People with ADHD struggle with issues of attention, hyperactivity, or both. These symptoms are usually present and evident from the time they are toddlers to grade school age. ADHD is not something people develop later in life. Because ADHD is present from childhood, it can start impacting development early on.
Impact in Childhood
Some children, as young as infants, see an impact from ADHD in having mild delays in picking up language skills or motor skills. Many kids struggle with gaining independence and sometimes behave younger and more immature than fellow peers. Probably the greatest impact is on social skills and development. Kids with ADHD are often impulsive, hyperactive, are more emotionally reactive and moody, and due to distractibility and inattention miss the social cues and reactions of their peers. These symptoms and behaviors can be very off-putting to peers even at very young ages. Many times, kids with ADHD, especially hyperactive symptoms, end up being socially outcasted or rejected. This can fuel anxiety, depression, or anger which can increase acting out behavior and can create a negative feedback loop of increasing ostracization. It is not uncommon for them to develop the oppositional defiant disorder (ODD) or conduct disorder later on in adolescence.
Academically, kids with ADHD usually struggle and suffer. Distractibility and trouble sustaining attention results in missing a lot of the lessons teachers are providing. Careless mistakes and running out of time on tests due to issues with retention and re-reading problems usually affect grades on tests. These academic struggles and failures impact motivation and self-esteem. Because most academic lessons cumulatively build on each other, not having the fundamentals can make future work daunting and exceedingly difficult. By late adolescence or young adulthood, many kids with ADHD see improvement or fading of the hyperactive symptoms, but by then the negative impact already occurred.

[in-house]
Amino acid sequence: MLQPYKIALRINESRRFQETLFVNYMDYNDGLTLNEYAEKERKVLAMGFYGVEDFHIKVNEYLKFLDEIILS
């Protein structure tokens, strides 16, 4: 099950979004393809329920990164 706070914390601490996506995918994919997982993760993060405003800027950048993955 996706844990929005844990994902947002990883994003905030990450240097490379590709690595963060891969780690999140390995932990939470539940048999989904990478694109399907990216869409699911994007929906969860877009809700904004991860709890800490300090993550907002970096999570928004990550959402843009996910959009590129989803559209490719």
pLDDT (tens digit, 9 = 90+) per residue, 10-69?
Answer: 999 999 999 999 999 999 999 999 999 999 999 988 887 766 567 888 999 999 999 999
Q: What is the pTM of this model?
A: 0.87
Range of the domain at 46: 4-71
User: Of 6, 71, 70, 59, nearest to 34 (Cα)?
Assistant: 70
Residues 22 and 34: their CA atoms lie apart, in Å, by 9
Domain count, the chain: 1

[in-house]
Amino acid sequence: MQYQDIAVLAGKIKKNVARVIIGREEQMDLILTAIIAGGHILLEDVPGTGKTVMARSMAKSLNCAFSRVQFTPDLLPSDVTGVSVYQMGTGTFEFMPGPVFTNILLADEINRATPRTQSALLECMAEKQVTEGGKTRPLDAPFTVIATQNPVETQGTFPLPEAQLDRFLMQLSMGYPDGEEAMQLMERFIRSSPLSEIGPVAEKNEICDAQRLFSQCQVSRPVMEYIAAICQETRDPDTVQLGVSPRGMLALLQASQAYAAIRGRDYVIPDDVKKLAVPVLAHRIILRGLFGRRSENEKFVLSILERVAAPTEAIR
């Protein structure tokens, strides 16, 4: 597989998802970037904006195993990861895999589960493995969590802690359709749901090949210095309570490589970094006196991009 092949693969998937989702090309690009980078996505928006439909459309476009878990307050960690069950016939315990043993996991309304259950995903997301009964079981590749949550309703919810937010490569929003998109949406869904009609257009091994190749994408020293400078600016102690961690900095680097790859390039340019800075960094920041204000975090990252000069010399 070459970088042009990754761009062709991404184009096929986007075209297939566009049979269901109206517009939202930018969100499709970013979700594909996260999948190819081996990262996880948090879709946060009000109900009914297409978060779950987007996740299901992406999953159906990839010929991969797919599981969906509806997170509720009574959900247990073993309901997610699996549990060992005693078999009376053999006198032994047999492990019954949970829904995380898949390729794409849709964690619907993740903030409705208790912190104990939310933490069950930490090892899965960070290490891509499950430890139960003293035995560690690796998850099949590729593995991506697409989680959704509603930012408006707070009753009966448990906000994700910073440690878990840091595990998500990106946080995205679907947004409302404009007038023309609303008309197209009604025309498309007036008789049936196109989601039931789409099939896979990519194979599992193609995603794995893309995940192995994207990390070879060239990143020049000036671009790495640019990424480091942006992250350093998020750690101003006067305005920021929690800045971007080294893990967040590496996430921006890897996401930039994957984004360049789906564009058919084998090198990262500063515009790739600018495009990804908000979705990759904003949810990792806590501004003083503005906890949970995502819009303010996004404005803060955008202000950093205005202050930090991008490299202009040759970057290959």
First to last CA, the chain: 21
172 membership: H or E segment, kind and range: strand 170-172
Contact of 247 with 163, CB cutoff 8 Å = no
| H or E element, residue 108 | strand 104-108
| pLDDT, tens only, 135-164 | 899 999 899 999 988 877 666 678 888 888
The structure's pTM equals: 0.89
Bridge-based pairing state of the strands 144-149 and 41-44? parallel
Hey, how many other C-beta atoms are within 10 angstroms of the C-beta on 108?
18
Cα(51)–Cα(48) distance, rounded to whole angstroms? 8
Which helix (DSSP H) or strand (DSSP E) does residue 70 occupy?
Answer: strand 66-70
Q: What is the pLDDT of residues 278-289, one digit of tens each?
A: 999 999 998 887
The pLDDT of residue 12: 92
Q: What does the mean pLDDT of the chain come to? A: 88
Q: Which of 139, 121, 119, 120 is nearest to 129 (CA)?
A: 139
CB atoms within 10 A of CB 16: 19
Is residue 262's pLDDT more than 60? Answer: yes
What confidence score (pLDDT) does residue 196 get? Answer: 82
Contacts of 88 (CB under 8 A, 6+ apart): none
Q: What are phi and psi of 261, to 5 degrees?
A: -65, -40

Impact on Teens/Adolescents
Those who struggled socially in grade school, may be more prone to gravitating toward other troubled youth who are more accepting and tolerant. Social frustration and resentments can fuel acting out or bullying behavior for some. Impulsivity can put teens with ADHD at risk for making risky decisions around sexual behavior and substance abuse, which can create a variety of issues of their own from STDs, teen pregnancy, or addiction. Even learning to drive a car can be a challenge for teens with ADHD who are prone to being inattentive and distractible; putting them at risk for accidents. By high school, academics are fairly complex and challenging for kids with ADHD requiring them to put in twice the effort or get frustrated and be at risk of giving up.
Impact on Adults
Although 50-75% of kids with ADHD see some improvement in symptoms between the age of 16-24 years old, nearly 75% of people with ADHD continue to have some symptoms into adulthood. The greatest areas affected are career and home life. Vocationally, many people with ADHD demonstrate inconsistent performance, struggle with details and deadlines. Often, they are passed up for promotions and advancements. Although many or likable, performance is affected and relative to peers they are seen as needing improvement. At home significant others are often frustrated and building resentment with poor follow-through, disorganization, and forgetfulness. Adults with ADHD often struggle with other co-occurring issues such as depression, anxiety, or substance abuse issues.
If you need ADHD testing, or already have ADHD and are feeling the impact of it and are interested in talking with one of our psychologists or psychiatrists about treatment options, please call us now at 763-416-4167, or request an appointment on our website: WWW.IPC-MN.COM so we can sit down with you and complete thorough assessment and help you develop a plan of action that will work for you. Life is too short to be unhappy. Find the peace of mind you deserve.
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